Whither woman power?
IT may be some time before the three brutalised women of Balochistan are cold in their graves and the uproar dies out. But neither the despicable brutality nor the resultant outrage, seems to have delivered the message of tolerance and sensitivity. This week in Islamabad, yet another woman’s face was doused in acid by a man, who was also her teacher, after she turned down his proposal of marriage. Small wonder then, that the results of a research conducted by the Asian Human Rights Commission cannot be refuted. It clearly states that there has been negligible change in the incidents of violence against women after the Women Protection Act 2006 came into force. This is further supported by a report issued by a local NGO which has brought staggering figures of violence against women to light – as many as 1,321 were recorded in the first quarter of 2008 with 44 in Islamabad. Another document reveals nearly 328 cases in Sindh alone. Perhaps the fault lies in isolating and highlighting a particular atrocity as opposed to pursuing a consistent collective movement – the only way to achieve the ultimate goal of a sensitised environment.
Experts and activists have long insisted that the National Commission on the Status of Women be made more independent and relevant in both urban and rural areas, and undeniably this has to be one of the most urgent and foremost priorities of the elected government. In the past, the Ministry of Women Development and an NGO had joined forces to support survivors of violence and facilitate their reinstatement in society with a joint venture that focussed on capacity-building for state-run women centres. It is hoped that the government will allow similar endeavours to flourish and not thwart them as residues of an old regime. After all, survivors of brutalities are often the most neglected aspect of a crime and their rehabilitation must be held supreme.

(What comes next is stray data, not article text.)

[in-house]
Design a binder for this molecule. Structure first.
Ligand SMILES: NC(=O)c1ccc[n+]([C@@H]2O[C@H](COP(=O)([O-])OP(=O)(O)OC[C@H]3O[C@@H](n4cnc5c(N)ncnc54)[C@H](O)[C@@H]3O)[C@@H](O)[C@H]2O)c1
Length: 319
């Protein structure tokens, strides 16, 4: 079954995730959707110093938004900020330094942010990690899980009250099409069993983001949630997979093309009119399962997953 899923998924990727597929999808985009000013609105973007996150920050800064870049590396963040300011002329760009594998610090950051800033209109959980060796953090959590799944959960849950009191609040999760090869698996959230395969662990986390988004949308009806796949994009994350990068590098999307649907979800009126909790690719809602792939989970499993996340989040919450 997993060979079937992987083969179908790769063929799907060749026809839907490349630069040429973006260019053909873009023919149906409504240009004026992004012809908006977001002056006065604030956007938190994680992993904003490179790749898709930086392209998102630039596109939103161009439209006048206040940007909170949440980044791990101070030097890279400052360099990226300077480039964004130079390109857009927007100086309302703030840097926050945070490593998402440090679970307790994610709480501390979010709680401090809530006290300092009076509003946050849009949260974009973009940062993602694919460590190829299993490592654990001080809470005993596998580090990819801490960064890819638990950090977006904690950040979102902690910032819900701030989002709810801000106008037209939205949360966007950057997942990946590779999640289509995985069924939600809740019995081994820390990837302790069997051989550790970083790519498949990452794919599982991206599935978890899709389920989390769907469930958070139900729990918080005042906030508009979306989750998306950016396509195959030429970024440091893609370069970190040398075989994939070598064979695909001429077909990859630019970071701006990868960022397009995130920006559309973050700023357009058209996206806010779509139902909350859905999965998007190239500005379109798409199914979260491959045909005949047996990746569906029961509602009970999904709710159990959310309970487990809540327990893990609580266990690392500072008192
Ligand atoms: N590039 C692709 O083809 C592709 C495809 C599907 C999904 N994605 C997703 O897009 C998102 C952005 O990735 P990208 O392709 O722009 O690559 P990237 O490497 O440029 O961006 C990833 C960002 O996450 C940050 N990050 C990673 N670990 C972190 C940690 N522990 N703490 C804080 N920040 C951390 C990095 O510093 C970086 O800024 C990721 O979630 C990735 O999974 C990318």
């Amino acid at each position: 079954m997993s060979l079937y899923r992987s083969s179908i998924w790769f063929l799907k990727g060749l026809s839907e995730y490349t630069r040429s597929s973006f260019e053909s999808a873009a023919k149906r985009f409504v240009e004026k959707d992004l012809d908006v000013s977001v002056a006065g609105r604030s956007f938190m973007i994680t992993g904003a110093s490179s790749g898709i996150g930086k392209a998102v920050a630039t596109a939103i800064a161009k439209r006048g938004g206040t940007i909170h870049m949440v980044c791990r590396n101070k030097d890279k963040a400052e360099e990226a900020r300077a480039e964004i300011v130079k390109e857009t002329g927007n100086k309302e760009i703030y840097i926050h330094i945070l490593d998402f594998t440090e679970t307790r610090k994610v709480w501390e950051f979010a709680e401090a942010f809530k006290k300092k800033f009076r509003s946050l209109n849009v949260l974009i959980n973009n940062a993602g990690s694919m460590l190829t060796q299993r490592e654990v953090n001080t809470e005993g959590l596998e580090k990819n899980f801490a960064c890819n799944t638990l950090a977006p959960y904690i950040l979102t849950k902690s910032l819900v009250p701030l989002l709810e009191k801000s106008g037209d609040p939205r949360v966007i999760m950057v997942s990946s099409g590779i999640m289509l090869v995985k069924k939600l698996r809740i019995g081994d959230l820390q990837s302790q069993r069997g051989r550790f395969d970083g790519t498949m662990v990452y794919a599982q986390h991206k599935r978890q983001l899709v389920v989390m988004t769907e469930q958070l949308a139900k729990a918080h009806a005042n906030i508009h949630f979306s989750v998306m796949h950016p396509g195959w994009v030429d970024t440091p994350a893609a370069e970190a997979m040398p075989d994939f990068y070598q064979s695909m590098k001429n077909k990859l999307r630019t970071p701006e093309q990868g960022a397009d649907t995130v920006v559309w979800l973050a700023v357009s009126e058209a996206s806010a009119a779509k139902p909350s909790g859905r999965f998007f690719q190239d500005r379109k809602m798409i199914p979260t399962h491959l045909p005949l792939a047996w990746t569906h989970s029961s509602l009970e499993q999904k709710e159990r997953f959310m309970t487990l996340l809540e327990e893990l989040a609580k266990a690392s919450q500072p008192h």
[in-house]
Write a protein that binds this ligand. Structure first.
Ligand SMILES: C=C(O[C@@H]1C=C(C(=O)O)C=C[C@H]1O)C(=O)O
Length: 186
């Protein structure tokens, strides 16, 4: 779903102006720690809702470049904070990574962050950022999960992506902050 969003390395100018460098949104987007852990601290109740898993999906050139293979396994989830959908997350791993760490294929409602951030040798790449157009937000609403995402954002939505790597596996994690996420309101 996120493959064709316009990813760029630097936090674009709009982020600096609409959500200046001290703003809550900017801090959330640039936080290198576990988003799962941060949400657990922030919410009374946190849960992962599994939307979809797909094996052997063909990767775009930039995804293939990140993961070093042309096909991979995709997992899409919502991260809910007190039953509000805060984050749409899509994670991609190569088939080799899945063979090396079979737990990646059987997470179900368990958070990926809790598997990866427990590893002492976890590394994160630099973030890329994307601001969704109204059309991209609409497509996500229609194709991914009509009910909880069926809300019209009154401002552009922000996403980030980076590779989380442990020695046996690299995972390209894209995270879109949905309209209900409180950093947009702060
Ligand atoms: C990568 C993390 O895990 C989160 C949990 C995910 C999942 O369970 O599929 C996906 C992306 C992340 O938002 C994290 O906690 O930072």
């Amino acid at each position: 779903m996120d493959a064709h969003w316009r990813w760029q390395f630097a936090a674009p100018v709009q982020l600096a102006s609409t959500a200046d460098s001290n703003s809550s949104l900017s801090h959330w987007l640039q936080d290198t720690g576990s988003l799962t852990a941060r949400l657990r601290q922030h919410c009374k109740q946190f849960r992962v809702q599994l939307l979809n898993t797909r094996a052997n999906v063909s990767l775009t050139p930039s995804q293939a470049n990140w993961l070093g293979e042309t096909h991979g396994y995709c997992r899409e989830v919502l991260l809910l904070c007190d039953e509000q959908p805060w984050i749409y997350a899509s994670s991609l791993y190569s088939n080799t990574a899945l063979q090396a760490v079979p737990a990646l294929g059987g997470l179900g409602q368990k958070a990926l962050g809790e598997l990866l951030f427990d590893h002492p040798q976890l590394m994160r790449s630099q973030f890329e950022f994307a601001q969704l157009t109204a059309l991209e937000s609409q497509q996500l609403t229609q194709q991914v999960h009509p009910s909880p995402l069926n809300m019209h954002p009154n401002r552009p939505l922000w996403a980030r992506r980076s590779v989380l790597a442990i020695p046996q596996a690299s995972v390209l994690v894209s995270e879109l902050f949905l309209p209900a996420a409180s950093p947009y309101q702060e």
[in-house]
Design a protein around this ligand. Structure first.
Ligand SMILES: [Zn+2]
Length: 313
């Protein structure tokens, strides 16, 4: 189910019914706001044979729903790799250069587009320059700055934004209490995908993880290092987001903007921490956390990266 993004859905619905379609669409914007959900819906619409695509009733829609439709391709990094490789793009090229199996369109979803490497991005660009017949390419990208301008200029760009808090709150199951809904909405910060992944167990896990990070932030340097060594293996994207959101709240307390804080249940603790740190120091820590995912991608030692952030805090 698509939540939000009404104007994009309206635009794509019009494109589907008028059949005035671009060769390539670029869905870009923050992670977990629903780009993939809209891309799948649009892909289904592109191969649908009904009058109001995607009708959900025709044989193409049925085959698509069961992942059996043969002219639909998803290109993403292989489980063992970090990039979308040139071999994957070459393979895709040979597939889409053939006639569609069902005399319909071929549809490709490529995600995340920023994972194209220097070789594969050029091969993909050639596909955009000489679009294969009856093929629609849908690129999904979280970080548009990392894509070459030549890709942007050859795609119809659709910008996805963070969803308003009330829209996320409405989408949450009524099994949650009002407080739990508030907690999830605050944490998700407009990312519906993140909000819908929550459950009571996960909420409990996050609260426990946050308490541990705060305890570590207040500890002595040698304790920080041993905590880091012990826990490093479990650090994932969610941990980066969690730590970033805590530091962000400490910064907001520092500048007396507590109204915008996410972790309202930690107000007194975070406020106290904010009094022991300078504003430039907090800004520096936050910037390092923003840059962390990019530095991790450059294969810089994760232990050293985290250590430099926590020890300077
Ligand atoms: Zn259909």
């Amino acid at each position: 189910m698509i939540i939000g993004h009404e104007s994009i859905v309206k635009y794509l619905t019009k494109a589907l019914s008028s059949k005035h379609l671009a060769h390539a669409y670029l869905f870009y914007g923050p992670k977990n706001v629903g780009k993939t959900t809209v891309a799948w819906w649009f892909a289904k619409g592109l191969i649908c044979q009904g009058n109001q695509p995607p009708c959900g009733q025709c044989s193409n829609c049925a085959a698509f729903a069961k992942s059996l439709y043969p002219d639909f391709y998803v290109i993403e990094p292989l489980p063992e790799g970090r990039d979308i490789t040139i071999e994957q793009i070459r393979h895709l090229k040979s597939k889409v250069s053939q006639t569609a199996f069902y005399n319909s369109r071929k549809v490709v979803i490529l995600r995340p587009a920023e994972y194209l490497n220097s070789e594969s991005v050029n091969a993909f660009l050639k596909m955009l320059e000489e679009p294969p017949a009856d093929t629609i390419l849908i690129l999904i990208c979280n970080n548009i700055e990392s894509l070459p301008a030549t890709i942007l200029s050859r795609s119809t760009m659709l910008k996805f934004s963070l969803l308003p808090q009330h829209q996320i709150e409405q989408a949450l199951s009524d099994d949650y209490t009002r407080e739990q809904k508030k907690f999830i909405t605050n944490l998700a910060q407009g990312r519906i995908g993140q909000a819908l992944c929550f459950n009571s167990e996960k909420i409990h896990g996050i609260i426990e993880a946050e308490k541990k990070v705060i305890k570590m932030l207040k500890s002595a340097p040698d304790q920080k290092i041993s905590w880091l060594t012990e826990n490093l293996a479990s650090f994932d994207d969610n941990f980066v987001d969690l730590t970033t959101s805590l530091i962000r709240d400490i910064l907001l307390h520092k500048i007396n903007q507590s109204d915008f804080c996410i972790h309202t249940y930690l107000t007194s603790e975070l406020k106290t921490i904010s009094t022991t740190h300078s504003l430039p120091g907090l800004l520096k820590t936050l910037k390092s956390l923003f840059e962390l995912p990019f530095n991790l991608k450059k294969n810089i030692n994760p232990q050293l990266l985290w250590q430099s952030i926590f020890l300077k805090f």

Second, before these atrocities begin to question the validity of the Women Protection Act, lawmakers need to ensure its large-scale implementation with stringent penalties for the perpetrators. It is also imperative that families are encouraged to register complaints and this is only possible if women police stations are operative and police stations in general are sensitised towards the treatment of women with an understanding of the excesses carried out against them.